The conflict between them continues, the litigation is accompanied by a number of mutual accusations.
Epic Games CEO Tim Sweeney has launched a new attack on Apple. This time the criticism was against a new initiative by ChildSafety, which he called “government spyware”. The specific target of negative comments is Apple’s suite of tools designed to keep children safe online.
The project introduces new features to iMessage, Siri, and Search, as well as an iCloud Photos scanning engine to detect inappropriate photos. By doing so, the company hopes to help reduce the dissemination of child sexual abuse (CSAM) material.
The Epic Games boss seems to believe these features will be used for espionage and monitoring.
The big problem, according to the Epic Games boss, in this case is that Apple can now scan users’ personal data, using the new initiative as an excuse. Tim Sweeney believes this government spyware installed by Apple violates the presumption of guilt. Although the company wrote the software itself, its function is to scan user data and provide reports to the government.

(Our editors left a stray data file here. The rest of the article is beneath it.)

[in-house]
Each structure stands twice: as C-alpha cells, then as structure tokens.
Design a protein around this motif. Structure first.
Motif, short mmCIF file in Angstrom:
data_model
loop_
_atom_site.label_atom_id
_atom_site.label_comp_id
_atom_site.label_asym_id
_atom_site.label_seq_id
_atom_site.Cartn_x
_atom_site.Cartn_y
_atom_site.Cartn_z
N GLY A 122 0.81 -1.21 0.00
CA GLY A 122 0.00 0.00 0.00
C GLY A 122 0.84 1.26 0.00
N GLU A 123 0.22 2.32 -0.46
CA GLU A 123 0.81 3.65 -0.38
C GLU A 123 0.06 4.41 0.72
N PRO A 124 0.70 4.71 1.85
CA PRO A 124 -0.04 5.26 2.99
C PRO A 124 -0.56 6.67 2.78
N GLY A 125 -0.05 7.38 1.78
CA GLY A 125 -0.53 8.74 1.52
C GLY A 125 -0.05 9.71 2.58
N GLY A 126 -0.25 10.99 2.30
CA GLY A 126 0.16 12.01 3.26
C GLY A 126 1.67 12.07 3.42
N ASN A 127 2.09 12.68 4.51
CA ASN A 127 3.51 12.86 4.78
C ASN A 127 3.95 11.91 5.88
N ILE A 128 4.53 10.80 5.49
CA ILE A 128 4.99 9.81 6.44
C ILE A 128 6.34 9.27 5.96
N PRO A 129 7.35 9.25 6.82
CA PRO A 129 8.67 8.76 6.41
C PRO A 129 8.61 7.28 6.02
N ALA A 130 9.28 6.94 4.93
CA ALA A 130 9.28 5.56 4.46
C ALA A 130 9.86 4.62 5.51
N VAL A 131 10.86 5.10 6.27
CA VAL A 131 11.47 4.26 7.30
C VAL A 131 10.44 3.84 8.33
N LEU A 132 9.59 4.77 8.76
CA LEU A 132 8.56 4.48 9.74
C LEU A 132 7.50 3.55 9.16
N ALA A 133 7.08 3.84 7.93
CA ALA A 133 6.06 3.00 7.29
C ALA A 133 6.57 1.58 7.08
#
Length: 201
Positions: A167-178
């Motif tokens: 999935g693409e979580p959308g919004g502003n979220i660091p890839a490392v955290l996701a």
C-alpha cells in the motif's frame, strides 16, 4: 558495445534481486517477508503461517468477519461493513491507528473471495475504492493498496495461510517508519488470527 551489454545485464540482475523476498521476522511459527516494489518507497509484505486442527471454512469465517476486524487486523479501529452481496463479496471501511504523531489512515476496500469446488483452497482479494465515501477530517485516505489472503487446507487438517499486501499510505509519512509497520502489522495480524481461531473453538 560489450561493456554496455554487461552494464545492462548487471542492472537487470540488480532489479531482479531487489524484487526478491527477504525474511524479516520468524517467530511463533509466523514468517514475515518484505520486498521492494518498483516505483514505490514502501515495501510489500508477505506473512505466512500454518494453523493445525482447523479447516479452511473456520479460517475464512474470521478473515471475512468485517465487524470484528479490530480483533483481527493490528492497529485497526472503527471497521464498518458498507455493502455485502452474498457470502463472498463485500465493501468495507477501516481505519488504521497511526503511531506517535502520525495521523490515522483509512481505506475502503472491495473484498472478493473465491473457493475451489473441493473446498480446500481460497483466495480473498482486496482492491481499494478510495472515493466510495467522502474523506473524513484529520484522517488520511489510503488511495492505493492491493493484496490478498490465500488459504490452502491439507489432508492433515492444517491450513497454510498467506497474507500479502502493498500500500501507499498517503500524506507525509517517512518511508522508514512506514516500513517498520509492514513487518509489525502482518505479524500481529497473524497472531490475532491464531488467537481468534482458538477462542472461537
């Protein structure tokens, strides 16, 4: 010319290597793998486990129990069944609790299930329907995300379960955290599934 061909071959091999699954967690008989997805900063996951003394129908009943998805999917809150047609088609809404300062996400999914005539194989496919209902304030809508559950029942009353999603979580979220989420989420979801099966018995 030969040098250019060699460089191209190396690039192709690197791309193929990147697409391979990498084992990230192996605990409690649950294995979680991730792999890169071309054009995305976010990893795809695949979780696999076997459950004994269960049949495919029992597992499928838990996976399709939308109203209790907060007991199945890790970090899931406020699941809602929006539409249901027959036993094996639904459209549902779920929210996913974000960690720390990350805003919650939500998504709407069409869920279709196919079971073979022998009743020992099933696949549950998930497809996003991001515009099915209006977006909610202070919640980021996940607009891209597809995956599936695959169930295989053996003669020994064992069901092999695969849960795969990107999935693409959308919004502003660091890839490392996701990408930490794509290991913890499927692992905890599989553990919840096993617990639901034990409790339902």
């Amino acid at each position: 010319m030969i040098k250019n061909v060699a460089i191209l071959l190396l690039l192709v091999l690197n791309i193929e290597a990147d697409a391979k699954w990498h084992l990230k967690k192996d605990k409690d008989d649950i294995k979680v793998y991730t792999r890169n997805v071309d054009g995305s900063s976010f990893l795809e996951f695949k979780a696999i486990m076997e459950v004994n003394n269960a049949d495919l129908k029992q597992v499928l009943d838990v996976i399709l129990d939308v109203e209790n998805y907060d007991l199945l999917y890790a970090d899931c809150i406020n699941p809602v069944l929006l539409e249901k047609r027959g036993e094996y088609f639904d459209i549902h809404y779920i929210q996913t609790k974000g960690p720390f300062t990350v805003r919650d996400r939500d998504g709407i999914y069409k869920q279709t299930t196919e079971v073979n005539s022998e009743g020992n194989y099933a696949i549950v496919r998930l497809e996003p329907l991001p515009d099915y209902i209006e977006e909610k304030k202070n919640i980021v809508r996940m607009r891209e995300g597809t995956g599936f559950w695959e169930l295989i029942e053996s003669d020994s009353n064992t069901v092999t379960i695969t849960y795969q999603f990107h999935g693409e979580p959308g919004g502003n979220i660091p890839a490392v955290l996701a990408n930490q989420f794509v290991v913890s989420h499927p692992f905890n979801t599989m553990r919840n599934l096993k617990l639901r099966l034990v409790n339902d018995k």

Epic Games boss claims this is completely different from a content moderation system in a public forum or in a social environment. In practice, Apple can scan confidential information whenever it is convenient and appropriate. Sweeney doesn’t take into account the fact that the scanning system mathematically compares only the hashes of files stored in iCloud with a single CSAM database.
Tim Sweeney also accuses Apple of using “dark templates” (whatever that means) to enable data uploads to iCloud by default, which forces users to accumulate unwanted data in their accounts.